Part of suit cre­at­ing 14-1 coun­cil

The Dallas Morning News - - OBITUARIES - By JOE SIMNACHER Staff Writer jsim­nacher@dal­las­ Twit­ter: @JoeSim­nacher

Roy H. Wil­liams was a teenager when he started his work as a life­long ad­vo­cate for civil rights by protest­ing seg­re­gated lunch coun­ters and bus sta­tions across East Texas.

But his big­gest im­pact came as an ac­tivist in Dal­las, where he and Marvin Cren­shaw were coplain­tiffs in the land­mark 1988 fed­eral law­suit that led to Dal­las’ 14-1 sys­tem for elect­ing City Coun­cil mem­bers.

Be­fore the law­suit, no Dal­las mi­nor­ity had been elected city­wide to the coun­cil. The new sys­tem, in which only the mayor is elected at large and all oth­ers are voted in by district, quickly re­sulted in the elec­tion of more mi­nor­ity coun­cil mem­bers.

Wil­liams, 74, died Satur­day of com­pli­ca­tions from a stroke at the Dal­las VA Med­i­cal Cen­ter.

Ser­vices are pend­ing. Mayor Mike Rawl­ings plans to call for a mo­ment of si­lence hon­or­ing Wil­liams at Wed­nes­day’s coun­cil meet­ing.

Wil­liams was a spir­i­tual man com­mit­ted to change, said long­time friend and fel­low Dal­las ac­tivist Diane Rags­dale.

“He rec­og­nized it was some­thing he was called to do,” Rags­dale said. “God com­pelled him to work for change.”

Wil­liams was born in Longview, where he joined the Rev. S.Y. Nixon of Jerusalem Bap­tist Church in protest­ing the seg­re­ga­tion of the lunch counter at the Wool­worth store.

“You could go in there and buy clothes, but you couldn’t sit at the diner in the store,” said Wil­liams’ sis­ter, Edith Wedge­worth of Longview.

As a child, Wil­liams was out­spo­ken and an ex­cel­lent stu­dent.

“He was one of those peo­ple who didn’t have to study for tests,” Wedge­worth said. “He loved his fam­ily, and he was al­ways fight­ing for equal rights for peo­ple. He’s al­ways done that, from a young kid in high school, and he’s never stopped.”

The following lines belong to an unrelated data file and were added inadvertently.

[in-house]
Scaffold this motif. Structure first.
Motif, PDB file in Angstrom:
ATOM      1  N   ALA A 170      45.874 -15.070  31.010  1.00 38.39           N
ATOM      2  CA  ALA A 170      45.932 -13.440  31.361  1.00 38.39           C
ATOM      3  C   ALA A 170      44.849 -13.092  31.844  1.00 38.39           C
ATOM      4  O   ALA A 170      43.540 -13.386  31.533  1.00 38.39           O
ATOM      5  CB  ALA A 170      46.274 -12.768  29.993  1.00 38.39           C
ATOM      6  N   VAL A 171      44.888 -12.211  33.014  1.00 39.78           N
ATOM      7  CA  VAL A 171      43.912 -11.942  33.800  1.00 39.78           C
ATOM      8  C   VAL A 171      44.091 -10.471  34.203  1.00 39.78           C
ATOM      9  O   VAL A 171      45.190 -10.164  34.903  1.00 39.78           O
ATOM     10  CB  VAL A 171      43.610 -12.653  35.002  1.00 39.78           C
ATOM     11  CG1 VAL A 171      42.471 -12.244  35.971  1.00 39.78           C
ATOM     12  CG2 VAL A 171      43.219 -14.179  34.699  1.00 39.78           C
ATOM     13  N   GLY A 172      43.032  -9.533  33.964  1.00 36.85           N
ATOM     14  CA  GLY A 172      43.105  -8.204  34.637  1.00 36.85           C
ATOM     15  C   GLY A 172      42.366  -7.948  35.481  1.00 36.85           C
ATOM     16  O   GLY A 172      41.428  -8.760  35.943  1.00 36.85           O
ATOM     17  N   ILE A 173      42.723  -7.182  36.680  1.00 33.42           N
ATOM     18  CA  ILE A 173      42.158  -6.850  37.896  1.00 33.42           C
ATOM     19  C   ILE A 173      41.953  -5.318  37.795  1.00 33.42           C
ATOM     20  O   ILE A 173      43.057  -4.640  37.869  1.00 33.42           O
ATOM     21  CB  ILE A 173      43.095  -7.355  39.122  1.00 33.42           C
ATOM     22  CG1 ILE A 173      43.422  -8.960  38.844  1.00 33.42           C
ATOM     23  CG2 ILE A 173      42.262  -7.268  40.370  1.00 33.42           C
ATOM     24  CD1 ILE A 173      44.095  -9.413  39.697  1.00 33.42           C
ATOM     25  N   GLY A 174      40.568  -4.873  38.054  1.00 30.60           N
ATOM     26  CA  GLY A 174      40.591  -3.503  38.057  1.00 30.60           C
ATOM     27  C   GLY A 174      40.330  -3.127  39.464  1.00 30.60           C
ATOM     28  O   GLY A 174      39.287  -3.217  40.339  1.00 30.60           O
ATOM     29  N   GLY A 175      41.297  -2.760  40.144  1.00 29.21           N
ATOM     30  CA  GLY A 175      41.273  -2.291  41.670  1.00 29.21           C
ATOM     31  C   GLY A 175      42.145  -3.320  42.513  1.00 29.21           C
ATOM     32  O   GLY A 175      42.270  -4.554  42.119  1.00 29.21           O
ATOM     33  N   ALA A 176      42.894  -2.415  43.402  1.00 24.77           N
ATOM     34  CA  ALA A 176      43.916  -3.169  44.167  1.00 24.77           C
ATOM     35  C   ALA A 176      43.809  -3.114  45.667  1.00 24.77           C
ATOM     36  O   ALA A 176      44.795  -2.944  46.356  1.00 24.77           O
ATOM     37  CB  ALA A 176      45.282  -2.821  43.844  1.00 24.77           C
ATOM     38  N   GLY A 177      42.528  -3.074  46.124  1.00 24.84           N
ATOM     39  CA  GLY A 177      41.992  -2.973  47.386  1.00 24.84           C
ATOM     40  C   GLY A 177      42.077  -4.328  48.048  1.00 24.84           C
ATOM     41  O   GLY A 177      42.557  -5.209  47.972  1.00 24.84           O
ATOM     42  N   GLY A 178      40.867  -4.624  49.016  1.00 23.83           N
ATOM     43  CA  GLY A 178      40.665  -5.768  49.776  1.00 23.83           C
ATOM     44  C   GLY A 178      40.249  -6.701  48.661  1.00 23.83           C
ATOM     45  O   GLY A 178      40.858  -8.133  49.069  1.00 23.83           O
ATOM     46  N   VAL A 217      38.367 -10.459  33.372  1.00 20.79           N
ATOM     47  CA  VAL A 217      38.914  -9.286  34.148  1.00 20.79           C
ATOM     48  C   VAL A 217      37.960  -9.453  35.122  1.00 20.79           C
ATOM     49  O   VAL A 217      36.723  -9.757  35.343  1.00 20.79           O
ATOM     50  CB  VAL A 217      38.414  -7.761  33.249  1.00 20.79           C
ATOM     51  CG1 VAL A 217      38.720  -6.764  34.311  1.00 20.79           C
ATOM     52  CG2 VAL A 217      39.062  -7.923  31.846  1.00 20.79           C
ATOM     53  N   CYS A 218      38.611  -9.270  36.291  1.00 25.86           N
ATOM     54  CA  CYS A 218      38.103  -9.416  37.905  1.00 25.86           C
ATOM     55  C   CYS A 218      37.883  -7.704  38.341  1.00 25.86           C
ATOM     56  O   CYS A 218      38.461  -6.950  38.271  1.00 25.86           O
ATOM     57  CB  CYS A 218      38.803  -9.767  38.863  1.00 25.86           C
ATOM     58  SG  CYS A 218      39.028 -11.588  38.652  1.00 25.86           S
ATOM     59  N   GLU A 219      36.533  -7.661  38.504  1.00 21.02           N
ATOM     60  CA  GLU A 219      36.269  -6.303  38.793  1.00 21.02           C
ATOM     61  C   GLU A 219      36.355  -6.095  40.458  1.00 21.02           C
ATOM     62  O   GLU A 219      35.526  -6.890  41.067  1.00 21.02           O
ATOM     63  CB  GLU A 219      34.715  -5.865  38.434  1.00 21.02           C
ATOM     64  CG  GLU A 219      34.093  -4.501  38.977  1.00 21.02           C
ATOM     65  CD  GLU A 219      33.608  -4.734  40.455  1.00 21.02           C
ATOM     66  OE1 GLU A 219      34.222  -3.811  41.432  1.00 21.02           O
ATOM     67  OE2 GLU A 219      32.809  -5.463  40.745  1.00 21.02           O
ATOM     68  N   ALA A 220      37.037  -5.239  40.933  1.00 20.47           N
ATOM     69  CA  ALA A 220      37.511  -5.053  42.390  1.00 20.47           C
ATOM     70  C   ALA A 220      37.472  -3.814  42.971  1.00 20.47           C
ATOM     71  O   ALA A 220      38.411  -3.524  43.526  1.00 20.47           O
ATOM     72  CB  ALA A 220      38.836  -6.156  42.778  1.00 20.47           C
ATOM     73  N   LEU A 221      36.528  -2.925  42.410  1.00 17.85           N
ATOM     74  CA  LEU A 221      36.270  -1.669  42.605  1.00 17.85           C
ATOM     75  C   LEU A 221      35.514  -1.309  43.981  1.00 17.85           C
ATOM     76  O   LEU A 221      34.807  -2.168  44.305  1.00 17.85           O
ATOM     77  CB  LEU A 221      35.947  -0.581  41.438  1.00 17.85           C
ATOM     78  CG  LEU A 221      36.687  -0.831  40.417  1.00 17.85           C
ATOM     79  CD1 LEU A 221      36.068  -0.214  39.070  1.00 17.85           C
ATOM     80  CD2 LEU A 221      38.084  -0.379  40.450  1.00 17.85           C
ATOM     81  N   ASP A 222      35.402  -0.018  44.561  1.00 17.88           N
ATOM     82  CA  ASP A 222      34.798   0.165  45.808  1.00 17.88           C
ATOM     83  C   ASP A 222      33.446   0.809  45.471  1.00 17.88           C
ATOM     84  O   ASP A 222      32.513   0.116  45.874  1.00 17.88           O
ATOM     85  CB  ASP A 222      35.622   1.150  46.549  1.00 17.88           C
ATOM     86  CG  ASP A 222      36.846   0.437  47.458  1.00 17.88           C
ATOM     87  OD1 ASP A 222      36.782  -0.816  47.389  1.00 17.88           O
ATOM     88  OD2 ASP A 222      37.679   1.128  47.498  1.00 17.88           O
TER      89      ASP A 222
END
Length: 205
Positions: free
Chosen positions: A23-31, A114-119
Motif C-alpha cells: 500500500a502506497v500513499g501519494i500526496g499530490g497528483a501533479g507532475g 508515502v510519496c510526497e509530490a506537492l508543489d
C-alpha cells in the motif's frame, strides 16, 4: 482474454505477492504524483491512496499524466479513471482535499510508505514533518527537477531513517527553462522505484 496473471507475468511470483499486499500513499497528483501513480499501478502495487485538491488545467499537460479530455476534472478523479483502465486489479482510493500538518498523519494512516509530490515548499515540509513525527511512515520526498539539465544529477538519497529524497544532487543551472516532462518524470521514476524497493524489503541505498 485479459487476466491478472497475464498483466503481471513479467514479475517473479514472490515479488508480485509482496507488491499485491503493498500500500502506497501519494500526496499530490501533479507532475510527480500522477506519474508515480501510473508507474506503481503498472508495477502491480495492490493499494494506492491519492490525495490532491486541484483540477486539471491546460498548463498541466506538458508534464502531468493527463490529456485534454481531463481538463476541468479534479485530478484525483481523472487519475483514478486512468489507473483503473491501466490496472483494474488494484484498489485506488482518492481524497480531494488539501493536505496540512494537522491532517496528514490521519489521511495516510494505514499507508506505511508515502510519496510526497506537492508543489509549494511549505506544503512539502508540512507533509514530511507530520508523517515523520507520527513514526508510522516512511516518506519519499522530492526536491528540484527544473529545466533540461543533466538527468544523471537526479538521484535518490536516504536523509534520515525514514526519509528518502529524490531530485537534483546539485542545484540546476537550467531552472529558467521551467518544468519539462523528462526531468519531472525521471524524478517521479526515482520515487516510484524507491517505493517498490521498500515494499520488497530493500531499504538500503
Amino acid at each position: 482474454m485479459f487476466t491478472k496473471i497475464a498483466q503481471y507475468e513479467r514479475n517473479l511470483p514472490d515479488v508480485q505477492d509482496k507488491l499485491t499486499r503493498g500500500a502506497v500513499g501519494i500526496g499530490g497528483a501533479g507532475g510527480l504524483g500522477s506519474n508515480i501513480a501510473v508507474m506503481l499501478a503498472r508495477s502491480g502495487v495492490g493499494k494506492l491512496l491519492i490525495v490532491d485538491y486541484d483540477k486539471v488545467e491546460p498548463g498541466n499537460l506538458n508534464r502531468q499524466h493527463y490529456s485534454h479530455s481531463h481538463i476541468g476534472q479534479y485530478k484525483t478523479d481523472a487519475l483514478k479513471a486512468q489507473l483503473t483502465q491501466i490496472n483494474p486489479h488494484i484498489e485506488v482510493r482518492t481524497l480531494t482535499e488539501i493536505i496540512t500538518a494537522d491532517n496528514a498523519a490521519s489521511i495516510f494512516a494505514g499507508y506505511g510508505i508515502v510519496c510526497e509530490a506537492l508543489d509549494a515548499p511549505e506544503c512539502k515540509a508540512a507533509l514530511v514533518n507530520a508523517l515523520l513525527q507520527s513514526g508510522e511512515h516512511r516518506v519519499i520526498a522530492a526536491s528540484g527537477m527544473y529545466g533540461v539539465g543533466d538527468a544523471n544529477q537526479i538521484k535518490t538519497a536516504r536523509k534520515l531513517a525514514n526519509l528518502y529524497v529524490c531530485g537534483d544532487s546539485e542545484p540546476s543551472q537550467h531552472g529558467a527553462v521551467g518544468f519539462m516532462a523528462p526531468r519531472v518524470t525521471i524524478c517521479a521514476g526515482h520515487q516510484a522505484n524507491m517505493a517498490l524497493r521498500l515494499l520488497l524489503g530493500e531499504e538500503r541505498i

In 1959, Wil­liams be­came pres­i­dent of the Longview NAACP Youth Coun­cil.

He grad­u­ated from high school in Longview and at­tended North­east­ern Ju­nior Col­lege, now North­east­ern Col­lege, in Ster­ling, Colo. He served in the Army in Ger­many and re­turned to Texas. He lived in New York for sev­eral years be­fore re­turn­ing to Dal­las in the 1970s, his sis­ter said.

Wil­liams be­gan work­ing with Rags­dale and other Dal­las ac­tivists in the 1980s on is­sues in­clud­ing po­lice mis­con­duct, apartheid, and mi­nor­ity rep­re­sen­ta­tion on the City Coun­cil.

“He was very at­ten­tive and very com­mit­ted to pro­gres­sive change,” Rags­dale said.

Wil­liams was an avid reader and came to meet­ings pre­pared.

“When I met him for lunch, din­ner or what­ever, he would al­ways be read­ing,” Rags­dale said.

Wil­liams fre­quently ad­dressed the coun­cil. In 1983, he joined the Po­lice and Para­medic Com­plaints Com­mit­tee, on which he was trea­surer be­fore be­ing named vice chair­man.

He was a lead­ing ad­vo­cate of an anti-apartheid mea­sure in­tended to sever Dal­las’ ties with com­pa­nies do­ing busi­ness in South Africa.

Af­ter months of de­bate, the coun­cil ap­proved an or­di­nance ask­ing trustees of city re­tire­ment funds not to in­vest in com­pa­nies that do busi­ness in South Africa or the Soviet Union.

In 1987, Wil­liams made an un­suc­cess­ful bid for the coun­cil in a four-way race for the at-large seat held by Jerry Rucker, then the District 9 in­cum­bent. At the time, Wil­liams said one of the ob­sta­cles he faced was con­vinc­ing vot­ers that he wanted to rep­re­sent all of Dal­las, not just its mi­nor­ity com­mu­nity.

The Wil­liams-Cren­shaw law­suit was joined by other plain­tiffs and worked its way through sev­eral com­pro­mises. Dal­las vot­ers re­jected the 14-1 sys­tem in 1990. In March 1990, U.S. District Judge Jerry Buch­meyer struck down Dal­las’ 8-3 sys­tem, rul­ing that elect­ing three seats on a city­wide ba­sis wa­tered down mi­nor­ity vot­ing strength.

The Jus­tice Depart­ment ap­proved a 14-1 plan, and the first elec­tion un­der the new bound­aries was held on Nov. 5, 1991.

Wil­liams’ work to help oth­ers in­cluded his found­ing and lead­er­ship of Rain­bow Bridge Inc., a non­profit youth or­ga­ni­za­tion.

He con­tin­ued to pro­mote eq­uity and fair­ness in a va­ri­ety of ways, in­clud­ing op­po­si­tion of a strong-mayor pro­posal in 2005.

“Sim­ply that you might change the struc­ture does not mean the is­sues have been re­solved,” Rags­dale said. “The struc­ture sim­ply helps you pro­mote bet­ter pub­lic pol­icy.”

Wil­liams is sur­vived by his sis­ter.

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